Long Waits Feared with Obamacare Fail to Materialize

March 27, 2015

Many consumers, healthcare providers, and other market observers feared that the increase in health coverage through Obamacare would cause access problems in the form of long waits for appointments and a lack of hospital beds. So far, it appears that this fear has generally not materialized. According to several studies, the volume of traffic in health care practitioners’ offices has not increased substantially since January 2014, the start of new ACA coverage through health insurance marketplaces and Medicaid.

The first study of the issue came from Athenahealth with support from the Robert Wood Johnson Foundation, and it found that the share of physician office visits that were new patients had only risen from 22.6% to 22.9% from 2013 to 2014. Further, many were concerned that new patients would be sicker than existing patients due to forgone treatment because of a lack of coverage. Yet, the study also found that new patients were not in worse health than existing patients.

With regard to wait times inside physicians’ offices, the average length was down by about a minute, and the drop was even a bit larger for primary care physicians’ offices. The difference could be a result of lower demand or a shift toward urgent care or nurse practitioners. Regardless of the cause, the flood of patients and long waits do not seem to have occurred. A recent Commonwealth Fund report also predicted only modest increases in demand for services if all states expanded their Medicaid programs through the ACA.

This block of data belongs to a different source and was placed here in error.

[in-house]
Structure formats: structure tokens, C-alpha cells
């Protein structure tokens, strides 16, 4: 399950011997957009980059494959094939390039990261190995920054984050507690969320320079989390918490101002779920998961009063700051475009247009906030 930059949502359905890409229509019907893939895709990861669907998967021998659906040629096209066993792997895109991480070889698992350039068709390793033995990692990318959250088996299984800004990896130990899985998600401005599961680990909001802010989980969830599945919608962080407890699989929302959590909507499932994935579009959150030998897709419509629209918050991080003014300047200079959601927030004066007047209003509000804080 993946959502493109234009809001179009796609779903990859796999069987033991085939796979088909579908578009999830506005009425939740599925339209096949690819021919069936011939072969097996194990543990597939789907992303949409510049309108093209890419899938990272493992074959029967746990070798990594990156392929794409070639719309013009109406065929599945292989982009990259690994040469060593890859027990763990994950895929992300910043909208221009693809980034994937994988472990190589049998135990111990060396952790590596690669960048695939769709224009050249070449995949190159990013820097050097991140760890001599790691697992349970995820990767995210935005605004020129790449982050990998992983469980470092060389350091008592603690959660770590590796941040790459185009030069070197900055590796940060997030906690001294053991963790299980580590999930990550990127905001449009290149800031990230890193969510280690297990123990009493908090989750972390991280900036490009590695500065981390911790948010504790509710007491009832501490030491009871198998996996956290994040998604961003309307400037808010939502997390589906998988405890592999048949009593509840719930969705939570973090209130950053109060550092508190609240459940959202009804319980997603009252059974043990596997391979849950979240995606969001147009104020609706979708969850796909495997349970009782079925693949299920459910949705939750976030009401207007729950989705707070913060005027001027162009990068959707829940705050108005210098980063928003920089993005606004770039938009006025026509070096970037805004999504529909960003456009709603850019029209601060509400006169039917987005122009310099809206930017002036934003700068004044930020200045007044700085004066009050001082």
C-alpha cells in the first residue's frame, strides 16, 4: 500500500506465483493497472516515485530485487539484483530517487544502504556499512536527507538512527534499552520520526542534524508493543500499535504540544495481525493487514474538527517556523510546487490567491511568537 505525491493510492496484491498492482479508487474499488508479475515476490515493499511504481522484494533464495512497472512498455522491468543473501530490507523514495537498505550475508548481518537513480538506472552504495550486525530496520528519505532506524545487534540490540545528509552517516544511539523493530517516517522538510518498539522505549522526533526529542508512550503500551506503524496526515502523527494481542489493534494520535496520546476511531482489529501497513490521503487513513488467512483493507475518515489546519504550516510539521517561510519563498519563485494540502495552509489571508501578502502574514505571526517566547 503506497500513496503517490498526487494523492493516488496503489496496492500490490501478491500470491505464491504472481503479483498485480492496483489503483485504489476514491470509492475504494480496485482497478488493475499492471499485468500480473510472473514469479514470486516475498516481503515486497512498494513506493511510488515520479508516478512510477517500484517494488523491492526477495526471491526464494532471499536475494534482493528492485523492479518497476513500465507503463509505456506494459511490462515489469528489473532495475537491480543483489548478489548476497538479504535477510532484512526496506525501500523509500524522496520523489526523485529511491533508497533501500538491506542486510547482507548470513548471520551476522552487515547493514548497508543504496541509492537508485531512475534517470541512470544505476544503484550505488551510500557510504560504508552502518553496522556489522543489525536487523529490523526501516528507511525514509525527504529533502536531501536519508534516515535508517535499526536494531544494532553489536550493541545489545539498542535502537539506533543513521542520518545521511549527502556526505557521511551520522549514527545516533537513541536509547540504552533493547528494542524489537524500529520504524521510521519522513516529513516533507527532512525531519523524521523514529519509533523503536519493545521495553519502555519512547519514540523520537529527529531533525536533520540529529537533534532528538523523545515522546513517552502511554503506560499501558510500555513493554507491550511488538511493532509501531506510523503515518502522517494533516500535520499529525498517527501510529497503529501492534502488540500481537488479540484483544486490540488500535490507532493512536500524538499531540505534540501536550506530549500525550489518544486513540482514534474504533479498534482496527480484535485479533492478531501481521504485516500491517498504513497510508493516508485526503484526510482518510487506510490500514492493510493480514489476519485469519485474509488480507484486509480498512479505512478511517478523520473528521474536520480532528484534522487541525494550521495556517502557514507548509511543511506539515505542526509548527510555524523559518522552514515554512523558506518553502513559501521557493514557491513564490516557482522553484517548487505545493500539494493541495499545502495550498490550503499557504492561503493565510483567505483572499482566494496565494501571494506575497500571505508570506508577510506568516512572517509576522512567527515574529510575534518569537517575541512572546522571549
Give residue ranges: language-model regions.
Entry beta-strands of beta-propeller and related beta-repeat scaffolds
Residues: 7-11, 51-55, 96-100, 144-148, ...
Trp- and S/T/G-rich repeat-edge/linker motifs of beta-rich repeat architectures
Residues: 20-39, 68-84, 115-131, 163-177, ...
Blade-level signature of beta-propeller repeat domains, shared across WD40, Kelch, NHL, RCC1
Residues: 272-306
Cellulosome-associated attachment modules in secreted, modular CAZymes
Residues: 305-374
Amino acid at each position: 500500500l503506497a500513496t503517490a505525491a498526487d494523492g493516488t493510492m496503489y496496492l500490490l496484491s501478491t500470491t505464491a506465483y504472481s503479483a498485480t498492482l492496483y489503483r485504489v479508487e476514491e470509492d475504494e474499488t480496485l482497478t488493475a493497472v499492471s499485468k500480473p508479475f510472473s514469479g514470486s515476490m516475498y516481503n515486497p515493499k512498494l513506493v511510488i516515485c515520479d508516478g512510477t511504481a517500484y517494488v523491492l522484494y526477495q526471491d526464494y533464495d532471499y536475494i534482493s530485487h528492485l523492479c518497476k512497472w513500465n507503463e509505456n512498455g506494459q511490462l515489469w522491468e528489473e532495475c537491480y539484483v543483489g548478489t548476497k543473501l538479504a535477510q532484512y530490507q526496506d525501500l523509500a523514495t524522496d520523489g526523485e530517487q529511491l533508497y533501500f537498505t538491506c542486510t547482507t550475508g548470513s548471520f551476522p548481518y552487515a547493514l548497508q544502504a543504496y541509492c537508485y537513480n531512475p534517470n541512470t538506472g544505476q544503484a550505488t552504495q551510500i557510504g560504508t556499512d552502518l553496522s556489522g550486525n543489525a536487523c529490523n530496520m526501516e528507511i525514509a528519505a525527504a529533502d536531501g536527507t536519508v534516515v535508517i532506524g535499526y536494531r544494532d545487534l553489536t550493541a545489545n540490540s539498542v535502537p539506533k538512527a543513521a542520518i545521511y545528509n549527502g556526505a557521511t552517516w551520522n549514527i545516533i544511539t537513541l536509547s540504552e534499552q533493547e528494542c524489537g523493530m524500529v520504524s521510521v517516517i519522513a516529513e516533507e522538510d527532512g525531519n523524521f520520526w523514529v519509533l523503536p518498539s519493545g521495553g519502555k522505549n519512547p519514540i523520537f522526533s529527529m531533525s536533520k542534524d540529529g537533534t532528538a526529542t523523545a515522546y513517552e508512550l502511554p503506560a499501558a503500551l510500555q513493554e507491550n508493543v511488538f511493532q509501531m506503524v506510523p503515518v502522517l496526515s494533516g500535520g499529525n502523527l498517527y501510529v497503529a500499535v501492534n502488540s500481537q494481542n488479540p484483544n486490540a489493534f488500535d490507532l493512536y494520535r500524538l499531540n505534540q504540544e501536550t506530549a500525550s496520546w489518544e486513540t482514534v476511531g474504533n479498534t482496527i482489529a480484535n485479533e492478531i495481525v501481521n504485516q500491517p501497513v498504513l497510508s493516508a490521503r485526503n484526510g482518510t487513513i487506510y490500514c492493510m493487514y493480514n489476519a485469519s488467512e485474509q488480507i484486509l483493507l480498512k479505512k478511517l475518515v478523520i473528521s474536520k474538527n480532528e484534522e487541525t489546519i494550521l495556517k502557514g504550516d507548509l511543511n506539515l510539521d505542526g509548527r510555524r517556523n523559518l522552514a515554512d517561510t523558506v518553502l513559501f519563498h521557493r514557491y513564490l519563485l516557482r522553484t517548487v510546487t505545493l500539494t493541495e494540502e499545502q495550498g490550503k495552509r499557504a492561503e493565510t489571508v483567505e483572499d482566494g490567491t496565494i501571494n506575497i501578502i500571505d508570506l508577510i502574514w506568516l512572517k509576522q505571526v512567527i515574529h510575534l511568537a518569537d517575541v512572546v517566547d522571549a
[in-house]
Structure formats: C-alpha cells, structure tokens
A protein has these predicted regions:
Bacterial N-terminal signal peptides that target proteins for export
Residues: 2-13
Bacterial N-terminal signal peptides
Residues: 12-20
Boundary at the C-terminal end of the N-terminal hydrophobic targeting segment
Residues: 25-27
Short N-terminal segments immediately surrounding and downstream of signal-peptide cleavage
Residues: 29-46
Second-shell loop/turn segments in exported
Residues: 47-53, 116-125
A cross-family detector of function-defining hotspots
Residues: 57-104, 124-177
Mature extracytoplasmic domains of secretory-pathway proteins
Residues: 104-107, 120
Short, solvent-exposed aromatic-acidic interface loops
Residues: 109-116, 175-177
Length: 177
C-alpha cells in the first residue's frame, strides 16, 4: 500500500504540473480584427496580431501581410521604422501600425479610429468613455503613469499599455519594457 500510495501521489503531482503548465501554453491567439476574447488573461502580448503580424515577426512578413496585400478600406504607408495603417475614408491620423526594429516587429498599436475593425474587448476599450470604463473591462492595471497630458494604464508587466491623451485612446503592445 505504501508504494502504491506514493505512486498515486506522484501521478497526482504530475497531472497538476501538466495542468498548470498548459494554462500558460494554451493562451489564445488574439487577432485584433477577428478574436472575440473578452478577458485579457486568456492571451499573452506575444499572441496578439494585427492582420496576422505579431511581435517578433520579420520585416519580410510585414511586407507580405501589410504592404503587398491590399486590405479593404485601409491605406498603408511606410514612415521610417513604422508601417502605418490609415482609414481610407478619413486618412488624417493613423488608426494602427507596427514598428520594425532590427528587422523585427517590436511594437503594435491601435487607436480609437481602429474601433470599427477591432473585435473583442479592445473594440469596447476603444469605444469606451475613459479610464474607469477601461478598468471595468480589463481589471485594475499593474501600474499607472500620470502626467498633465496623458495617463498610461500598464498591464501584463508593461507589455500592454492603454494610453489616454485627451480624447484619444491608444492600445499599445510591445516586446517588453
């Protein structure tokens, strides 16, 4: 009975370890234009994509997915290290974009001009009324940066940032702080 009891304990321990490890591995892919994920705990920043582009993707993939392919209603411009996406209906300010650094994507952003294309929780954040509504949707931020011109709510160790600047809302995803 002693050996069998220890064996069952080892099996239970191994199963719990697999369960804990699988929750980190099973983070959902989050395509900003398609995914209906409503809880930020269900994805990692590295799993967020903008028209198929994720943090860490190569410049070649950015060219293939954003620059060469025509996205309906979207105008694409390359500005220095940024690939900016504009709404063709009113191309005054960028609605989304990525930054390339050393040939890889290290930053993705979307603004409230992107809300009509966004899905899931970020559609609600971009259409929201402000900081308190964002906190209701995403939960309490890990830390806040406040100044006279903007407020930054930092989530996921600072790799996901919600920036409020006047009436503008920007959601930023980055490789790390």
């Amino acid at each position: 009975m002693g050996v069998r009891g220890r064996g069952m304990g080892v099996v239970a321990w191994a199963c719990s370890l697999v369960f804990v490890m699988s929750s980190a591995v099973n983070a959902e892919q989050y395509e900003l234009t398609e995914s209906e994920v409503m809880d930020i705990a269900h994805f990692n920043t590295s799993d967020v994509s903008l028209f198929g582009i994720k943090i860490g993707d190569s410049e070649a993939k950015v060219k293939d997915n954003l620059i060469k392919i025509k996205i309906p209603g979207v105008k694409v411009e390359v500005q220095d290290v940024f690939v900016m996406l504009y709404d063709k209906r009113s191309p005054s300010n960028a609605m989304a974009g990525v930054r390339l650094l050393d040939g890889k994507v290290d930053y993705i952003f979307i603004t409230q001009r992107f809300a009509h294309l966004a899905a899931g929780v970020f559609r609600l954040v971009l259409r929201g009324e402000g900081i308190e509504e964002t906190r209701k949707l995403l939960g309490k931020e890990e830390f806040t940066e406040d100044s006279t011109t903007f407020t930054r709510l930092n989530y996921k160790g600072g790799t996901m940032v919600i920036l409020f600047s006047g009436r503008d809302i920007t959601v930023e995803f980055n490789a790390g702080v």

Yet, CNBC reports that one counterpoint to all of these findings came from hospitals. A report from Premier, a healthcare improvement company that works with 3,400 hospitals, found that hospital discharges have increased noticeably in the last two years.

These findings demonstrate that the U.S. health care system appears to be absorbing newly insured consumers fairly well overall. However, it is still unclear if all who have coverage are using their coverage optimally by seeking appropriate and timely preventive and primary care. As we continue to build a culture of coverage and expand health literacy, it will be important to monitor consumers’ unmet needs to understand how well our health care system is serving us.